- I can’t read anything now without thinking of this damn pandemic. Here are some lines from the collection: “Sure / we had a run of it. Even some laughs. / But the day’s arrived, as deep down we knew / it would, and spectacles streaming / from across the globe should convince / even the most skeptical / of our soon-to-be extinction.”
Lines I want to remember:
- “You think / I’m gristle, begging to be chewed? / No, my love: I’m bone. Rather: the sound / bone makes when it snaps. That ditty / lingering in you, like ruin.”
- “All her life as if / she in a race with ruin … / did wake-up quick-quick once mi foot slip. / When edge draw near fi true / only a fool nuh accept the idea of falling / plenty-plenty different from the drop.”
- “she was a child / and did not conceive of beauty / as something that could end or // in memory become unbearable”
- “there is no world / for her but this one she makes”
- “This time of day the sun / is a mound of butter, arranged / on a bone china plate.”
- “the madwoman maps desire’s coordinates onto her body.”
- “But these deer / in front of you are not / playthings of the imagination, / these two blocking your path / are real. And until they behave as deer / will and flee — you are all stranded.”
- “… tumors bloomed in you the way a hawk plucks prey: / without conscience or malice. // … At the time, I believed love meant / I could not not-look. Now, // I am sure of little but death is like an ill-fitted suit / that can be worn longer than we’d imagine.”
- “Death is a door, which keeps opening.”
What others have said:
- from Publishers Weekly: “McCallum (The Face of Water) contemplates the complicated journey from girlhood to womanhood in this exquisite collection, questioning what it is that defines the identity of her eponymous figure. Her madwoman is neither a static nor predictable character, but a thunderous storm subject to unexpected change in severity; the madwoman is both nourished and destroyed by her memories…. Throughout, McCallum beautifully incorporates the patois of her native Jamaica and employs myth as a way to deal with the mistakes and hurts of the past. McCallum’s striking poems take the madwoman out of her attic so that she may walk and speak among the living.”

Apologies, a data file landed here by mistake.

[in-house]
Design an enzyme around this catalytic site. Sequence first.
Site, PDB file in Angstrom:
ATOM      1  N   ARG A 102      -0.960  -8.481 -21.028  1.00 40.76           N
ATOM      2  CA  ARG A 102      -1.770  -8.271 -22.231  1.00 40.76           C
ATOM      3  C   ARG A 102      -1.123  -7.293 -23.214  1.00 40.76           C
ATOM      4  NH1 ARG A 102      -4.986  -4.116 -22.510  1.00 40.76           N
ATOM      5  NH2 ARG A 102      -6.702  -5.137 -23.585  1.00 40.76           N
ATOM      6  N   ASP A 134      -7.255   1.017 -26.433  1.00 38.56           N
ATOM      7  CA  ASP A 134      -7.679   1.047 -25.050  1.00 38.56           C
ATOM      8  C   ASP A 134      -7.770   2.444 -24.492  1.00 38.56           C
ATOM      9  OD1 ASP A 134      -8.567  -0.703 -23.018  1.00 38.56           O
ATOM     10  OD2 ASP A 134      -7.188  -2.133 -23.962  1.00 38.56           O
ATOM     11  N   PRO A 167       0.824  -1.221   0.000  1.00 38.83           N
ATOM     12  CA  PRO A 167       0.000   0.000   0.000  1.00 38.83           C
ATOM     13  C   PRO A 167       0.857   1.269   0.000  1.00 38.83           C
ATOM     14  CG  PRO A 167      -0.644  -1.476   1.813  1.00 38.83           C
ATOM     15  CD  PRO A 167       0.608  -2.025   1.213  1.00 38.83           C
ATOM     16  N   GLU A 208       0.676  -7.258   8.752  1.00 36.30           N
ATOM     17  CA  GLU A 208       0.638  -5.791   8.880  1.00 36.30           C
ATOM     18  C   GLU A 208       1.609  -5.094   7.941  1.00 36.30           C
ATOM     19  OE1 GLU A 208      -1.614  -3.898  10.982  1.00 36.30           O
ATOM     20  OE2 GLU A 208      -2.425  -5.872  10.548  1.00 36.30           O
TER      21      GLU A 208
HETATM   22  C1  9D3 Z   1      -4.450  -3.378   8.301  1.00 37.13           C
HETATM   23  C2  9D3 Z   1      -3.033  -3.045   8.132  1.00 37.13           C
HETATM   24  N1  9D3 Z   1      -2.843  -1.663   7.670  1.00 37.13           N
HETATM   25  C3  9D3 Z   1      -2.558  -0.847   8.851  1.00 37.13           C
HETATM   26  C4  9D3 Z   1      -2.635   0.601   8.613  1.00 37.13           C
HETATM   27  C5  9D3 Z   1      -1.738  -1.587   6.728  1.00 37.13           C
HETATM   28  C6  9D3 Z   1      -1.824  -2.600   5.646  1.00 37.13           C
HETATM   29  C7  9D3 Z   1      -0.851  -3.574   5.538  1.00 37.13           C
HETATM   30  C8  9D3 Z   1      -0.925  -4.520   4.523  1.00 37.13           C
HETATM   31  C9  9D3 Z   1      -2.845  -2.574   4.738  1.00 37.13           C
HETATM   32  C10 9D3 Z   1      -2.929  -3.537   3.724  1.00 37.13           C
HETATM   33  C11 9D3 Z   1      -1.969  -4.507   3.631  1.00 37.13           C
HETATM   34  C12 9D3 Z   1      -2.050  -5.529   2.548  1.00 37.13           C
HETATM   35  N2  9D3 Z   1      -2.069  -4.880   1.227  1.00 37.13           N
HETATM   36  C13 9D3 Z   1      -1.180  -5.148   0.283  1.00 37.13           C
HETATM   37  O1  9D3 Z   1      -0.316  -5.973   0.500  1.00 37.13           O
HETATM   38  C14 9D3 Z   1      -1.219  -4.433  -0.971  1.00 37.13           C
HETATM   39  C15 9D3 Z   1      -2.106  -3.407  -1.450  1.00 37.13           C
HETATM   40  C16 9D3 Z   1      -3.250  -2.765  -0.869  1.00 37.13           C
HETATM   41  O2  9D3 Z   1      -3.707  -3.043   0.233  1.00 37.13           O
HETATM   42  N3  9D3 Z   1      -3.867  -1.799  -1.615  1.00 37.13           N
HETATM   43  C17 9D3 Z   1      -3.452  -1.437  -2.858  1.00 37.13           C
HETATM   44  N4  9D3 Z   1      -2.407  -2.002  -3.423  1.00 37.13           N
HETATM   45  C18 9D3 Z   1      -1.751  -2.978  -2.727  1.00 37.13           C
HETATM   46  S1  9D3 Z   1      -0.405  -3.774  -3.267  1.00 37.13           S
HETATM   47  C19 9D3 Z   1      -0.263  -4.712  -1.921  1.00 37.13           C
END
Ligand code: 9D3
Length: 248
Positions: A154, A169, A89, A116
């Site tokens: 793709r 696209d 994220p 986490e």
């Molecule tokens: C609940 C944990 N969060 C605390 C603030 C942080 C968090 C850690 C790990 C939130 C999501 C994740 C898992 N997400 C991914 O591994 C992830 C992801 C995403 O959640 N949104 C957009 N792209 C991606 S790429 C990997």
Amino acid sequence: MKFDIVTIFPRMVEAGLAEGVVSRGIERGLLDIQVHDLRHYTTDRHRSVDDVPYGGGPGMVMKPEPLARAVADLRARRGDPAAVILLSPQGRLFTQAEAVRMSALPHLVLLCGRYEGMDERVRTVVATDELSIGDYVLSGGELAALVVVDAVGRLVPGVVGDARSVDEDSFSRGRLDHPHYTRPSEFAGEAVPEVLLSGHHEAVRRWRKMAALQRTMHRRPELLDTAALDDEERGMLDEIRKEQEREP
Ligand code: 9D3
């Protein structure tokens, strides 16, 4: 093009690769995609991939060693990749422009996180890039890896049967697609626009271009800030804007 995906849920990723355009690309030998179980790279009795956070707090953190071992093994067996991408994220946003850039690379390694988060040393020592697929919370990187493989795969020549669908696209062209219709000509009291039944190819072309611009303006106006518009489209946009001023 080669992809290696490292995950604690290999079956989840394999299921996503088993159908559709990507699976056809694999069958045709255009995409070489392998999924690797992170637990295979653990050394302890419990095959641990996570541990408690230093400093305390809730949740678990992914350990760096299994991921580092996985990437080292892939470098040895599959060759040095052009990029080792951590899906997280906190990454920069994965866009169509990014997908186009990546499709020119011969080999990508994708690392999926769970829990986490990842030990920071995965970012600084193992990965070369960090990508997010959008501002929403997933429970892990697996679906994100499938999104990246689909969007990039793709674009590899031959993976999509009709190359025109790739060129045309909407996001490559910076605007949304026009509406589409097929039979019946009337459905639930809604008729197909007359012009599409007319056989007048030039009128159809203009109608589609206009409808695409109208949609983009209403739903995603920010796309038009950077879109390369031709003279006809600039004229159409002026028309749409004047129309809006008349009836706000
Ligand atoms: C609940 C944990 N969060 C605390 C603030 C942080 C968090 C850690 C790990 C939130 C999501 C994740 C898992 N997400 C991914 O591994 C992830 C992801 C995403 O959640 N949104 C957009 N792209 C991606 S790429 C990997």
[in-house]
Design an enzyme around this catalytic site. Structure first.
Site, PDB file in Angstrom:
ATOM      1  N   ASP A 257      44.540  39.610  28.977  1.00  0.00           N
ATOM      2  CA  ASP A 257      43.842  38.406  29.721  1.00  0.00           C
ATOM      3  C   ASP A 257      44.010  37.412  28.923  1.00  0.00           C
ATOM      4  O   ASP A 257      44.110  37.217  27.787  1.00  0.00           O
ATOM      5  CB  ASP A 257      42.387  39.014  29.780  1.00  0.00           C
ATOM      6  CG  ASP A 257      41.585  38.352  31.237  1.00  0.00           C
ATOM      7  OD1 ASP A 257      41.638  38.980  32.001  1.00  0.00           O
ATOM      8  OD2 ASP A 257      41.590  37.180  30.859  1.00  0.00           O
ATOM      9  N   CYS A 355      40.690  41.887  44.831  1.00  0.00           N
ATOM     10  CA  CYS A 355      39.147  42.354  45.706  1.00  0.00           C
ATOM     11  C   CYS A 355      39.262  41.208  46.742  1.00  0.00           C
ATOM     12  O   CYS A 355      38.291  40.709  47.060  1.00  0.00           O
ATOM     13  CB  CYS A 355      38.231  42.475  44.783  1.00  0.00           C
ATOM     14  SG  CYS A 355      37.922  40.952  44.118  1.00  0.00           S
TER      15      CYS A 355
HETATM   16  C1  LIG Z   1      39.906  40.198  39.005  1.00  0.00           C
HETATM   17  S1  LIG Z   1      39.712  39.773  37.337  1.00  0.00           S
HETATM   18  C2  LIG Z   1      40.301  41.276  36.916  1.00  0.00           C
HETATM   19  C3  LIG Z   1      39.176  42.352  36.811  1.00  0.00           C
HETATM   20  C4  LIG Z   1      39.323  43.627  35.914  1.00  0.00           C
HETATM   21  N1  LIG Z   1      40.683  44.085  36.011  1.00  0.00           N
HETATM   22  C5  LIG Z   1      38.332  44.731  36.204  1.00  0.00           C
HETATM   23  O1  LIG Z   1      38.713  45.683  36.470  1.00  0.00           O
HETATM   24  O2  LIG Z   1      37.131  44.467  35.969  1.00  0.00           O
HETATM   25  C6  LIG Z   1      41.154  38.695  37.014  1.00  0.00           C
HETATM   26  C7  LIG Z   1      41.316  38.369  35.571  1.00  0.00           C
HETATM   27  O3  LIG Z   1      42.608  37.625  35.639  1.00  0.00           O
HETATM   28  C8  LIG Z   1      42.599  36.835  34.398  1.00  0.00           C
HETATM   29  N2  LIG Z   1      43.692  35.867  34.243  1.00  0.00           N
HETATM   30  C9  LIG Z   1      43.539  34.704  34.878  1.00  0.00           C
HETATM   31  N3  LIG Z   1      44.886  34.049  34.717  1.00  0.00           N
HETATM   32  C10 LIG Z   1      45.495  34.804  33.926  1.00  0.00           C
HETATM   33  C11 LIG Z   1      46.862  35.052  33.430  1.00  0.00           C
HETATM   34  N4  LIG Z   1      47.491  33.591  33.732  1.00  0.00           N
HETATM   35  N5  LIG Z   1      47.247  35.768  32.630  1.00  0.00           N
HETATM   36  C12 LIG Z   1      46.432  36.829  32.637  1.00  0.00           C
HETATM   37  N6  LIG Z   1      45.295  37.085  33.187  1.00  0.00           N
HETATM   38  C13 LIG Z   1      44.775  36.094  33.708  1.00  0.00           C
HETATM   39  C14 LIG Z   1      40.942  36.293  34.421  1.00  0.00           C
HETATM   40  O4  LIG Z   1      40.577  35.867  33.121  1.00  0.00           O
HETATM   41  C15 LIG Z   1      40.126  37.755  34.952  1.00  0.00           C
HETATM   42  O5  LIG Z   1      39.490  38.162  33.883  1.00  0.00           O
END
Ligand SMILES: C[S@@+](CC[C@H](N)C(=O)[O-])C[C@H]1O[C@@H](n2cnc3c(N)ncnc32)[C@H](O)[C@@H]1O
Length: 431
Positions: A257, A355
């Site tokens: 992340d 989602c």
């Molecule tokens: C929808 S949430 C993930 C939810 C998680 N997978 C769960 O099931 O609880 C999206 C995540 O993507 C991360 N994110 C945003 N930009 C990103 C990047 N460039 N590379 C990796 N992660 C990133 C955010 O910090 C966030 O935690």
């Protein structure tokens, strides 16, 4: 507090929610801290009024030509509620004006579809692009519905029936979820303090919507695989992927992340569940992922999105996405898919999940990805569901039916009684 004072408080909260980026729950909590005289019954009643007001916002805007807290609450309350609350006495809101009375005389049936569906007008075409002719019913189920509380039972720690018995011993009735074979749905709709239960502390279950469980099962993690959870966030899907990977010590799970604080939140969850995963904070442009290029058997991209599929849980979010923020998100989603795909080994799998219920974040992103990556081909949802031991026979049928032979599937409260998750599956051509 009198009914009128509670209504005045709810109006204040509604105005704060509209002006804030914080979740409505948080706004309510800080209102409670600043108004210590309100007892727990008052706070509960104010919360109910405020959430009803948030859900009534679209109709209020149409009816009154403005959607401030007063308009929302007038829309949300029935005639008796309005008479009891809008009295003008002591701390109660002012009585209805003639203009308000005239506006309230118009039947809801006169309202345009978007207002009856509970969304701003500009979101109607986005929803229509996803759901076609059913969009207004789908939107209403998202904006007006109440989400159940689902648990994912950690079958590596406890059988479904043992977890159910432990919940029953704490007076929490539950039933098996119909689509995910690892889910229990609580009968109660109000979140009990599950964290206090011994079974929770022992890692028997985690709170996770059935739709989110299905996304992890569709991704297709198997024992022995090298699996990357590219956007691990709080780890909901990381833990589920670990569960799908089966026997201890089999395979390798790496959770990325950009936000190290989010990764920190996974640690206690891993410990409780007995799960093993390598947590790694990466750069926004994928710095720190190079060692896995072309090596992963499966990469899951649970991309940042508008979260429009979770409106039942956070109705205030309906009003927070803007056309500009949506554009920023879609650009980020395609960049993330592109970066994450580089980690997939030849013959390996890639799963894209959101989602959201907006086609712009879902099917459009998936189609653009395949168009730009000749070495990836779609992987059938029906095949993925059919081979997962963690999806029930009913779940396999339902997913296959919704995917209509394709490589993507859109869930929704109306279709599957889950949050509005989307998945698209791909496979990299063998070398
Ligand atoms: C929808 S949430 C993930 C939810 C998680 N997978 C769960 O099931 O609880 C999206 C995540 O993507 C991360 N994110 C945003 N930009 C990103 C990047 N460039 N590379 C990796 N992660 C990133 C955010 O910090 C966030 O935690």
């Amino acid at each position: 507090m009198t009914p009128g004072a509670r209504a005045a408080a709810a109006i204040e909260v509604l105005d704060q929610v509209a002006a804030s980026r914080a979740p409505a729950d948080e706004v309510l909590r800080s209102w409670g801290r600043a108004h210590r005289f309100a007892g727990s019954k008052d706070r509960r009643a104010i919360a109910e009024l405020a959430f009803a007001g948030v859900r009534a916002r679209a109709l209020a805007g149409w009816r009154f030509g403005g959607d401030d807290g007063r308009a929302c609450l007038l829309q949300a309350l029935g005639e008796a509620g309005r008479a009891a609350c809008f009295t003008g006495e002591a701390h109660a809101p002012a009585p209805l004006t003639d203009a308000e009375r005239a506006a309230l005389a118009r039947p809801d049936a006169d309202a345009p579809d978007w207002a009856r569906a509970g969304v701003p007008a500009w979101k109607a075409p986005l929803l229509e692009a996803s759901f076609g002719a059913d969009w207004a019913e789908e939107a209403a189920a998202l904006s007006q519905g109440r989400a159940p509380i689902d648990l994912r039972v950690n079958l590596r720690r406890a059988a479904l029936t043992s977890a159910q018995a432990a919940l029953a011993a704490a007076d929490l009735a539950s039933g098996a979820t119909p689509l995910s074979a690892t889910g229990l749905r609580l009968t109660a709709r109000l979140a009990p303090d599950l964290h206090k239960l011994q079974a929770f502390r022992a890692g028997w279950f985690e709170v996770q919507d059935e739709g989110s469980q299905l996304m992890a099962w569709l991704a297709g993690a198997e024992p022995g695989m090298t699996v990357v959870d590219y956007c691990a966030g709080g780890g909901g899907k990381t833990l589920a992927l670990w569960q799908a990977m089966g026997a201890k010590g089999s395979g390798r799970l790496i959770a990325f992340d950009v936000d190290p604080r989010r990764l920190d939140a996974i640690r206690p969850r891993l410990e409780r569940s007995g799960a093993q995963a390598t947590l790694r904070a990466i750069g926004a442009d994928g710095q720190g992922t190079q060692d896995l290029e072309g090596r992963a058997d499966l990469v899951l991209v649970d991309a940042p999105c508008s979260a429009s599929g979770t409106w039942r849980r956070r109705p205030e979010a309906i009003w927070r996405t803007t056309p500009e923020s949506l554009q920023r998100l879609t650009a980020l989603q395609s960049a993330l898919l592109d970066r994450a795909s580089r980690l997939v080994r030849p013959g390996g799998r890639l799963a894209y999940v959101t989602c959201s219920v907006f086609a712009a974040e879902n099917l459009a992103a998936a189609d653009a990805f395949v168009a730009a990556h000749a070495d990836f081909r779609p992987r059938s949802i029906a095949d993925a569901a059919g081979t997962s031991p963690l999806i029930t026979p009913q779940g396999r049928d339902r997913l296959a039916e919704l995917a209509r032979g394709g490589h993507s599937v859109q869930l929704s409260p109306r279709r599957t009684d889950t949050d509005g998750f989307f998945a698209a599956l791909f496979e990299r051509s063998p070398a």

- from readwritepoetry blog: “Madwoman may be semi-autobiographical (most poems are), but, certainly, it reflects those voices living on the margins of society, voices full of authenticity, truth and lived experience but which are often unheard.”
- from Washington Independent Review of Books: “In a major way, McCallum peels off the layers of what it is to be a woman. She jettisons poetic forms and can exact poetic norms without waiting for a reaction. What is the conscience of a woman? What country does this come from? What’s the historical precedent for women finding their past, fighting to make it worth making? Mad women are fighting for something they don’t know they can win.”
Where some of the poems from this collection live online:
- Six poems: “Madwoman’s Geography,” “Lucea, Jamaica,” “Madwoman to Claudette Colvin,” “Exile,” “Invention” and “The Dream”
- Three poems: “Memory,” “Race” and “Madwoman as Rasta Medusa”
- “Ten Things You Might Like to Know About Madwoman“
- Two poems: “The Story of Madwoman and Cockroach” and “The Story of Madwoman and Ixora”
- “Oh Abuse” (audio below)
- “Why Madwoman Shouldn’t Read the News” (read below by the author)
Have you read this collection? If so, let me know your thoughts in the comments!